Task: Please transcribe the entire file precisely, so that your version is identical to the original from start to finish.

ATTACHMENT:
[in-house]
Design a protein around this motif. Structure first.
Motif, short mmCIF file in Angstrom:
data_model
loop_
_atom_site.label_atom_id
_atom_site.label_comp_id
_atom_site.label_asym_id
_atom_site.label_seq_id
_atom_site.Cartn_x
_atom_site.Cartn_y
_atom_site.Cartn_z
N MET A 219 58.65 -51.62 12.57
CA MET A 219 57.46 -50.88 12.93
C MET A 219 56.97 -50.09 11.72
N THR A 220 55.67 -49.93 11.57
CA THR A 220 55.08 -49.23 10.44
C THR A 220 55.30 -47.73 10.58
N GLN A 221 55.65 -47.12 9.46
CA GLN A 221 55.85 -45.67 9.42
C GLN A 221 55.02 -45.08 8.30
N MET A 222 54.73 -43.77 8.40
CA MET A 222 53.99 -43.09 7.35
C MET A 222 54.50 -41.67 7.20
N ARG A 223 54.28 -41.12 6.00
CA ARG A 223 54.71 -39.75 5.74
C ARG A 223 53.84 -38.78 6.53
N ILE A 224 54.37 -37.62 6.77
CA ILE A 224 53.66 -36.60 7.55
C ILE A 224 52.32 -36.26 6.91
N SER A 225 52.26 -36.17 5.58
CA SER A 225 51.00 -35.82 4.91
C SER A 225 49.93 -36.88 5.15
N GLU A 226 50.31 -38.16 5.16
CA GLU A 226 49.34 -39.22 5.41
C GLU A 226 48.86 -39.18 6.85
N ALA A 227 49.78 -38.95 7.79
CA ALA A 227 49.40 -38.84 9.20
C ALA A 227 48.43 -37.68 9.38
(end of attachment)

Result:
[in-house]
Design a protein around this motif. Structure first.
Motif, short mmCIF file in Angstrom:
data_model
loop_
_atom_site.label_atom_id
_atom_site.label_comp_id
_atom_site.label_asym_id
_atom_site.label_seq_id
_atom_site.Cartn_x
_atom_site.Cartn_y
_atom_site.Cartn_z
N MET A 219 58.65 -51.62 12.57
CA MET A 219 57.46 -50.88 12.93
C MET A 219 56.97 -50.09 11.72
N THR A 220 55.67 -49.93 11.57
CA THR A 220 55.08 -49.23 10.44
C THR A 220 55.30 -47.73 10.58
N GLN A 221 55.65 -47.12 9.46
CA GLN A 221 55.85 -45.67 9.42
C GLN A 221 55.02 -45.08 8.30
N MET A 222 54.73 -43.77 8.40
CA MET A 222 53.99 -43.09 7.35
C MET A 222 54.50 -41.67 7.20
N ARG A 223 54.28 -41.12 6.00
CA ARG A 223 54.71 -39.75 5.74
C ARG A 223 53.84 -38.78 6.53
N ILE A 224 54.37 -37.62 6.77
CA ILE A 224 53.66 -36.60 7.55
C ILE A 224 52.32 -36.26 6.91
N SER A 225 52.26 -36.17 5.58
CA SER A 225 51.00 -35.82 4.91
C SER A 225 49.93 -36.88 5.15
N GLU A 226 50.31 -38.16 5.16
CA GLU A 226 49.34 -39.22 5.41
C GLU A 226 48.86 -39.18 6.85
N ALA A 227 49.78 -38.95 7.79
CA ALA A 227 49.40 -38.84 9.20
C ALA A 227 48.43 -37.68 9.38